We learned (or relearned) something we already knew. Our people, paid staff, and volunteers, are what makes our sector function and they are not distinct from the communities we serve and often share similar lived experiences. They lead, deliver, teach, create, educate, coach, counsel, manage, and so much more. Our sector’s people have done more for our communities during the pandemic than any government ever could have. They made sure people were sheltered and fed. That mental health supports were available. That there were creative outlets and connections during lockdown. That physical activity was available. Nonprofit sector workers ensured that everyone had supports, from infants to our elders. They were on the front lines and behind the scenes, working in communities and working from home. And we learned that society takes them for granted.

Now, we expect that nonprofits will prioritize decent work for their staff and fight for equitable compensation, benefits, and professional development. We expect that volunteers will be supported, well managed, and recognized. We expect that funders and governments will acknowledge and invest in the valuable work our sector’s people undertake on behalf of our communities.

4. Equity and racial justice must be centred in rebuilding.

The “double pandemic” of systemic racism has been abundantly clear throughout the pandemic. From COVID infection rates to the vaccine rollout, to who could comfortably work from home and who were on the front lines of essential services, Black, Indigenous and racialized communities have been disproportionately impacted. To address racism and colonialism, there is no simple checklist or training to complete. We need an absolute rethinking and recreation of our social and economic systems that are entrenched in systemic racism and white supremacy. This has been an eye-opening lesson for me personally to learn as a white, middle-aged, nonprofit leader. I have had (and continue) to face my discomfort talking about race, privilege and power, and naming white supremacy.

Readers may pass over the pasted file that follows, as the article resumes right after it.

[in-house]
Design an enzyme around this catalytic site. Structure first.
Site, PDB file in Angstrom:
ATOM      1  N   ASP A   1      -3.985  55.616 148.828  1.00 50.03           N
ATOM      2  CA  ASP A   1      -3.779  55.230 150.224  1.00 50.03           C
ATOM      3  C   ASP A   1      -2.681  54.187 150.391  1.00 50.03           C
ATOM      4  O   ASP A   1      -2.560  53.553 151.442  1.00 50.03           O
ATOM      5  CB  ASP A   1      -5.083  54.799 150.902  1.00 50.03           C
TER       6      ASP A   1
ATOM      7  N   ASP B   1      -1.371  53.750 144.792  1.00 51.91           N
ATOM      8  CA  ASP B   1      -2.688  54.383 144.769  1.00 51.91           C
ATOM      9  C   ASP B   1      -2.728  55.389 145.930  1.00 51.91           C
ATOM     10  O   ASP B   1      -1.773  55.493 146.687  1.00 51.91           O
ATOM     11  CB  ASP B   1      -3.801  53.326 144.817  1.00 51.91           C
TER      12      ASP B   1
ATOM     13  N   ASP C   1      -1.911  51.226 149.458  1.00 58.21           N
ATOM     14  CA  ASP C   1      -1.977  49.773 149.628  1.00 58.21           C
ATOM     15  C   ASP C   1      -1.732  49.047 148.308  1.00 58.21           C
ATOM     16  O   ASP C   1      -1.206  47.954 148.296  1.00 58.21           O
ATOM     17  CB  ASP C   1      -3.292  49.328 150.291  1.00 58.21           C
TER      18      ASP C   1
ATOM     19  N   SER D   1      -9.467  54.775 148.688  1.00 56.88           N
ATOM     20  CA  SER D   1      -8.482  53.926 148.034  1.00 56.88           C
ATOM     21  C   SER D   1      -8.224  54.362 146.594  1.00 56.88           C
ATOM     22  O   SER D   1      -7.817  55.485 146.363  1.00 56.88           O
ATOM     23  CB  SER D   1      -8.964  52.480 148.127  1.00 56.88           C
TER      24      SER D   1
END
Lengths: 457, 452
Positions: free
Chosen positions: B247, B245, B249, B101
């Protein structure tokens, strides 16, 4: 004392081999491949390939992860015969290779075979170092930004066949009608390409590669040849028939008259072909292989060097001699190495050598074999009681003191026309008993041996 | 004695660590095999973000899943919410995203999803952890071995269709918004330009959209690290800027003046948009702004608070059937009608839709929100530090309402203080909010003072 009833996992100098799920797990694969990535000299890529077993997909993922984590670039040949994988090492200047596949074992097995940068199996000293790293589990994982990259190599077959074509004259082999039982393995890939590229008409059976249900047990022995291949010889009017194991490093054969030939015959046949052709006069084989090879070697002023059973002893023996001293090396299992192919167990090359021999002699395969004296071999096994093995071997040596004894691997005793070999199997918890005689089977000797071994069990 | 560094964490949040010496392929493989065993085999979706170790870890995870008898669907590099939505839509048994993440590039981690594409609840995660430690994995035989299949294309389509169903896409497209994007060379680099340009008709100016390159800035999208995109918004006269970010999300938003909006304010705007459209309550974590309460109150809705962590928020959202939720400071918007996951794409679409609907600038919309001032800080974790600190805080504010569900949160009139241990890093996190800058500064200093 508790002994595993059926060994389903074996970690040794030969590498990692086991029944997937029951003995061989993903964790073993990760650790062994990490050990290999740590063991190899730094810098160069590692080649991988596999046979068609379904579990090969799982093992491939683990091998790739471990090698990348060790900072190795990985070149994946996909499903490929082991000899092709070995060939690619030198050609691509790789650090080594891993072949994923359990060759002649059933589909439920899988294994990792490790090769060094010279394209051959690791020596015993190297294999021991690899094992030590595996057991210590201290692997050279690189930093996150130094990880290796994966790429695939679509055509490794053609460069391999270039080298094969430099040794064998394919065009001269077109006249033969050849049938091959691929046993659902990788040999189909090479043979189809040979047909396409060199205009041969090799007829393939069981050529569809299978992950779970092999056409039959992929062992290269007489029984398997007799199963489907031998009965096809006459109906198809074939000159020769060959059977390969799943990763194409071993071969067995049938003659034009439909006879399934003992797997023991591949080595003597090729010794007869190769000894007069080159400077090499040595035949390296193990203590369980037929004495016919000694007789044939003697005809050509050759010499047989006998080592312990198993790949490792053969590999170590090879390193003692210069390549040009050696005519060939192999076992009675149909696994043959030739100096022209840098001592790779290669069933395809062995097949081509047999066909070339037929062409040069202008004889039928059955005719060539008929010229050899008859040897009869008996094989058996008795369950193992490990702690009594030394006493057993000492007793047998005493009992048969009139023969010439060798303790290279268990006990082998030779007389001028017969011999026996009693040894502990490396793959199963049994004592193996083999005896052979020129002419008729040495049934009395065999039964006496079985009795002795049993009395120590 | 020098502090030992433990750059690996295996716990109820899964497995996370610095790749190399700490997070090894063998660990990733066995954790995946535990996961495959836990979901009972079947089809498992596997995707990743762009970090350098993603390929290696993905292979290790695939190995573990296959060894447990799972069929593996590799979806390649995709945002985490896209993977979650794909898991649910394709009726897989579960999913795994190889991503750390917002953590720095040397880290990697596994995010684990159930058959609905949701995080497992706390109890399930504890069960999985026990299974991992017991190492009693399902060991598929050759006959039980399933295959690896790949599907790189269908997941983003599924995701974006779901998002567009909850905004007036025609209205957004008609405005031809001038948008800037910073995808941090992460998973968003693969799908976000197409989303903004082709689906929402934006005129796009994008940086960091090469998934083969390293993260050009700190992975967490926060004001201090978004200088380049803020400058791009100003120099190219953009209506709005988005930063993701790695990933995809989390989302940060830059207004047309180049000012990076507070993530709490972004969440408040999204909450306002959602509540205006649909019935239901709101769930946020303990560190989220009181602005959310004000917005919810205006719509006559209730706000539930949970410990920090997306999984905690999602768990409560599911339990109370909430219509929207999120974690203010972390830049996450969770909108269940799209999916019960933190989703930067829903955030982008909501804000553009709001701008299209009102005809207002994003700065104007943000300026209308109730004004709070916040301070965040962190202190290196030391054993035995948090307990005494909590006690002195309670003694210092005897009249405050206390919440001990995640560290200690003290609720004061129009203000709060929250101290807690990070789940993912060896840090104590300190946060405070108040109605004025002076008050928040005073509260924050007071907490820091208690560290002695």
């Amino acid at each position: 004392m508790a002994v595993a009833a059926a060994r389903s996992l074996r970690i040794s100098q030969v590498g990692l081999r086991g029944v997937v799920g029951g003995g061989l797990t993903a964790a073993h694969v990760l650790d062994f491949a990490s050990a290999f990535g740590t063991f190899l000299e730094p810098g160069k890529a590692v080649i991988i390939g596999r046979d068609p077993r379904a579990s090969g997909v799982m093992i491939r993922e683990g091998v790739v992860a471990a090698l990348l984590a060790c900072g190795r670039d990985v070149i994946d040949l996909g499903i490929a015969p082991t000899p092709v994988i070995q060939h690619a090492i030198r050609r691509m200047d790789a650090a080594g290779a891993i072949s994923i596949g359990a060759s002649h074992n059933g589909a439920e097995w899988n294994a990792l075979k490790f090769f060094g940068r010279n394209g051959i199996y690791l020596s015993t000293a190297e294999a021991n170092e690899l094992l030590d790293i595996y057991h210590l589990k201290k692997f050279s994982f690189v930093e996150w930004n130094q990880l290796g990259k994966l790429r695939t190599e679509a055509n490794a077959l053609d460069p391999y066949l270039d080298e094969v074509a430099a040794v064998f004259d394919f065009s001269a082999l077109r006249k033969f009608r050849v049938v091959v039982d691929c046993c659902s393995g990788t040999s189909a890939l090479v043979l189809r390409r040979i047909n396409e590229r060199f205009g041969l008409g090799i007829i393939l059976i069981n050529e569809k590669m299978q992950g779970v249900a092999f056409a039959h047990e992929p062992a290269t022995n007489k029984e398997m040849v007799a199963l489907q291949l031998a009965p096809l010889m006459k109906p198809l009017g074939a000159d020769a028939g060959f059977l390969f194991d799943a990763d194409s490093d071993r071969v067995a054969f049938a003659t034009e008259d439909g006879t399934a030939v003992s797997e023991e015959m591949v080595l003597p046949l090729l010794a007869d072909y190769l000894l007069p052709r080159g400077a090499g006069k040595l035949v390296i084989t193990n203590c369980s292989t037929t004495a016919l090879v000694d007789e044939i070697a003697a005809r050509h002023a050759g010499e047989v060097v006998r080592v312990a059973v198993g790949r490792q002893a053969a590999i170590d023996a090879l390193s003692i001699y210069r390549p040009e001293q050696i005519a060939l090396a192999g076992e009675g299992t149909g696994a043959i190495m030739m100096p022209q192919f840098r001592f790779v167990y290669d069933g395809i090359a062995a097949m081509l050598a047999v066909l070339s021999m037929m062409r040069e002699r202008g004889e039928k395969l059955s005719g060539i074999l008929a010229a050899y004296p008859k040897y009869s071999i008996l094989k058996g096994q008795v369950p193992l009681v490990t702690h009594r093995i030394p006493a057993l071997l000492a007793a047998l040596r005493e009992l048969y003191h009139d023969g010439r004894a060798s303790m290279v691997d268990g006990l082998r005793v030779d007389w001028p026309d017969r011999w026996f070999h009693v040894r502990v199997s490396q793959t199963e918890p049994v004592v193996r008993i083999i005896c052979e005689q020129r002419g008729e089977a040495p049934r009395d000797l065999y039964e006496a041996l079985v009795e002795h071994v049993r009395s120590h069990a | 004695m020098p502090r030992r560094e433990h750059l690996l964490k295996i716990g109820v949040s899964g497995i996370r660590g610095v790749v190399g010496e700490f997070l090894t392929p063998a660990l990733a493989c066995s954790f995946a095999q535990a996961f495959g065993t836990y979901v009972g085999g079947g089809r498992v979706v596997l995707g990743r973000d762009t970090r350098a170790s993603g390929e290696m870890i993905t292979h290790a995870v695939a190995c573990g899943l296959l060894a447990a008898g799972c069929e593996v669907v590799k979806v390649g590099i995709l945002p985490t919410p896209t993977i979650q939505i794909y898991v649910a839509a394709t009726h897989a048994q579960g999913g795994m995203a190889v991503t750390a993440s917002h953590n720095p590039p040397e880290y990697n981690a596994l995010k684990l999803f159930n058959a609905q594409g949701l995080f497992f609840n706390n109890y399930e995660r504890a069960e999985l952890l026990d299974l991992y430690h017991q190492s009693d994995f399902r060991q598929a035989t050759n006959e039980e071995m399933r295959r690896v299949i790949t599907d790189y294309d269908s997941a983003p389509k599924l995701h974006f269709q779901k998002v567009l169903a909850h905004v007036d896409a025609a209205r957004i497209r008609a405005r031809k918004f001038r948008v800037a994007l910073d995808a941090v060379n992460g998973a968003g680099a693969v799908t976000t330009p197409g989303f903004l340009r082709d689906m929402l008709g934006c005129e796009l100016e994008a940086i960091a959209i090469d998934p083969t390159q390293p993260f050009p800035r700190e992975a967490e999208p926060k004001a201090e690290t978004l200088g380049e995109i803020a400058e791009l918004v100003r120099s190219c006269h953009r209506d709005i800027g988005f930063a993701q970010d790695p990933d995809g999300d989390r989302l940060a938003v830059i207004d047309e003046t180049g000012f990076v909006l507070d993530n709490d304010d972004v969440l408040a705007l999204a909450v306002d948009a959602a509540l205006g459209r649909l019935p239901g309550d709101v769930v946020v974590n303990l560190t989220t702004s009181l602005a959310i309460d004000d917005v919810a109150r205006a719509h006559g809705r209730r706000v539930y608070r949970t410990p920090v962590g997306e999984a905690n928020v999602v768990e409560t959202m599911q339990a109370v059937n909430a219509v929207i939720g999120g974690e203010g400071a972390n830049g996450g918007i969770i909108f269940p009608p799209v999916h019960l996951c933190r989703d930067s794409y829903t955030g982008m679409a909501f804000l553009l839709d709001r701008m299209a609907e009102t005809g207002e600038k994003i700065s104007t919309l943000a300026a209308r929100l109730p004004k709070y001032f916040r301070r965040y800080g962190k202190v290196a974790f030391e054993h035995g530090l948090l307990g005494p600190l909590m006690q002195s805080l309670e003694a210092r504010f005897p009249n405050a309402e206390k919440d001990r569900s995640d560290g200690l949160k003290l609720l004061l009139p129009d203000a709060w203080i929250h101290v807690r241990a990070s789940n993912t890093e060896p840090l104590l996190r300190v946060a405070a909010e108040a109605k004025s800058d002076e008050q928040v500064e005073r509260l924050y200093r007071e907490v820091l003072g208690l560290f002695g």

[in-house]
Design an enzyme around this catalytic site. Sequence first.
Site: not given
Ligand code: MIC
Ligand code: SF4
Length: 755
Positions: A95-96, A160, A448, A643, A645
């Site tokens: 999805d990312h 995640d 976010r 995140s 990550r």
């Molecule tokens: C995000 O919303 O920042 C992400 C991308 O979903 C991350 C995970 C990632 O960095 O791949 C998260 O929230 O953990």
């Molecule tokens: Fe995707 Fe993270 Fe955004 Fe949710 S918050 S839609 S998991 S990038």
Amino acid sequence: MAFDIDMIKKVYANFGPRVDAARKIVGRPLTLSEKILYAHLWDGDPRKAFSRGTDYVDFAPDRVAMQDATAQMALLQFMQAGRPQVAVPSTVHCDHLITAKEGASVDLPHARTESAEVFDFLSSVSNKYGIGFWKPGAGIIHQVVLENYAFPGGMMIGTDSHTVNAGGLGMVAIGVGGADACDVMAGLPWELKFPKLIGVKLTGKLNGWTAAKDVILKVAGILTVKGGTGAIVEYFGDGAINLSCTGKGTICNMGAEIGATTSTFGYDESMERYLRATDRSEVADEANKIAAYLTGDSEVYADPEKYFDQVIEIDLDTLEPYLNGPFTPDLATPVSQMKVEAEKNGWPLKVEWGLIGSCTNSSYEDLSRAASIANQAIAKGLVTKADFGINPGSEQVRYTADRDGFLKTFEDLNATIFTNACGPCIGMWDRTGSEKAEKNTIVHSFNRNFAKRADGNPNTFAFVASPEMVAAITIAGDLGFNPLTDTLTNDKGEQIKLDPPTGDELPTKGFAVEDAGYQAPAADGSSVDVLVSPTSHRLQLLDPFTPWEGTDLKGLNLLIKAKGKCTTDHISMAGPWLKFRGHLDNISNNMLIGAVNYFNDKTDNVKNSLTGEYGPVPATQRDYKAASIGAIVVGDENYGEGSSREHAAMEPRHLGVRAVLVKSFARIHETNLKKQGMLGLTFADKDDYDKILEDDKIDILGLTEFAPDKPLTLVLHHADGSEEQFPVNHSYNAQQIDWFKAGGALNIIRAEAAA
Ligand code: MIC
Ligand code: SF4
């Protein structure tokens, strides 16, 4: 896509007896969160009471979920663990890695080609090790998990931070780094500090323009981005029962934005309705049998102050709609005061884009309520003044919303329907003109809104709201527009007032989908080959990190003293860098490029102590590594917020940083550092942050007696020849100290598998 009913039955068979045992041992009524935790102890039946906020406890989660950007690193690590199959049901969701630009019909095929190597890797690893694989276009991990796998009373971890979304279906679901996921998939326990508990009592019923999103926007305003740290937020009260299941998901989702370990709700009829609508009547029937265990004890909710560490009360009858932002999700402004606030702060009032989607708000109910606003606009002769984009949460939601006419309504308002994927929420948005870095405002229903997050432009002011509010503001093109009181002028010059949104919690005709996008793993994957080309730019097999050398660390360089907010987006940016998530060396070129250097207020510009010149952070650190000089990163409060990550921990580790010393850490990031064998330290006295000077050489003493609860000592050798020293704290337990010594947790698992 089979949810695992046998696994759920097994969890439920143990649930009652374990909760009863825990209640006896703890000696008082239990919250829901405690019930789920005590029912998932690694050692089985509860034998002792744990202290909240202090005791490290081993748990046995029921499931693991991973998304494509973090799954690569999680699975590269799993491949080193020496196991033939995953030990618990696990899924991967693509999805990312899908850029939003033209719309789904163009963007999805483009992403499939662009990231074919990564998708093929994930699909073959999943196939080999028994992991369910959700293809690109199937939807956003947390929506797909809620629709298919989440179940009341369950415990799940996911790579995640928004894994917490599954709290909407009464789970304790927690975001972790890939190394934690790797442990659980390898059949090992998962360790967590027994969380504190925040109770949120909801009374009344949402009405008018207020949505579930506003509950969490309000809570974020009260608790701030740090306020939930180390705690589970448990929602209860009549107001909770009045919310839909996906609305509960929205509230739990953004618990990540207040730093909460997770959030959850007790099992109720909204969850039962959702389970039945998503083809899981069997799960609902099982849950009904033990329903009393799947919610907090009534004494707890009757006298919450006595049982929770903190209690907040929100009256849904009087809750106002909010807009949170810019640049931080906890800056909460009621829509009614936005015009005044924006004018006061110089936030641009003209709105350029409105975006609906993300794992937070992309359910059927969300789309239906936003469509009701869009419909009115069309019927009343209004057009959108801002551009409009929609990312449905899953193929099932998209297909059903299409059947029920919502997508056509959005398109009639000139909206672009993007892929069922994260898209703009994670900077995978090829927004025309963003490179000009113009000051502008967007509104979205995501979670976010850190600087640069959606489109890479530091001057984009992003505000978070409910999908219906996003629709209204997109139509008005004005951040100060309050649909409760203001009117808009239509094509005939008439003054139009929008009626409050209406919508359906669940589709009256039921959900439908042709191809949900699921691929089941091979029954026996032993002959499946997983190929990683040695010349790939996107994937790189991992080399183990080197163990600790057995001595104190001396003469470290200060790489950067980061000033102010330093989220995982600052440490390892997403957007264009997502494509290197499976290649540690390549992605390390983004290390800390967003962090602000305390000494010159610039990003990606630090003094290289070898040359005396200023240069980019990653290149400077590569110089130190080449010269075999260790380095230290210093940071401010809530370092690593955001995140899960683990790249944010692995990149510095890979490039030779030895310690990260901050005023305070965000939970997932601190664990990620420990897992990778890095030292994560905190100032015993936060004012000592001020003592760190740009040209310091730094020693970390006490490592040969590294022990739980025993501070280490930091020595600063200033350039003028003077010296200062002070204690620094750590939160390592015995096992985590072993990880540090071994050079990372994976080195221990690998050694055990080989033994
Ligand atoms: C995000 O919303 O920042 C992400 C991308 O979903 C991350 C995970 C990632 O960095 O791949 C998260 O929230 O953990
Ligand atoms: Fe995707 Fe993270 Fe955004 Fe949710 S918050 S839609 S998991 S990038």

Now, we expect that not only should we name systemic racism, but recognize that we all have a role to play – government, funders, nonprofit organizations, and all community members – in addressing it. And that all nonprofits, regardless of size, scope, breadth, mission, can be part of the solution and must prioritize an equitable recovery above all else.

5. Collective, networked advocacy works.

We knew the benefits of collective advocacy before but the pandemic has made it crystal clear that a network model that focuses on building relationships, not delivering transactions, is the best advocacy approach for our sector. Relationships have been built, silos torn down, successes and challenges shared. It’s hard work and doesn’t replace the mission-focused work of individual organizations, but working together, sharing the work and the results has helped us all serve our communities better.

Now, we expect that networks will be supported, accessed, and replicated. That lessons we have all learned can be shared. We expect our networks to be based on reciprocity, authenticity, shared commitments, and a shared value that we are stronger when we work together.

In March 2020, we said, “Our sector – and our partners and supporters – can model the way and enable the most important work in our communities to continue – even AND especially during challenging times. Keep us posted. We’ve got your back.”

I fervently wish we had not experienced a worldwide pandemic that devastated so many communities and resulted in trauma, and many lives lost. I believe there is a transformational opportunity ahead of us – and that the future of the nonprofit sector is up to us. The pendulum doesn’t have to swing back – we can change its direction and we can model the way. We have new expectations to hold ourselves and others accountable to.

Two years later, we still want you to know – we’ve got your back.


Cathy Taylor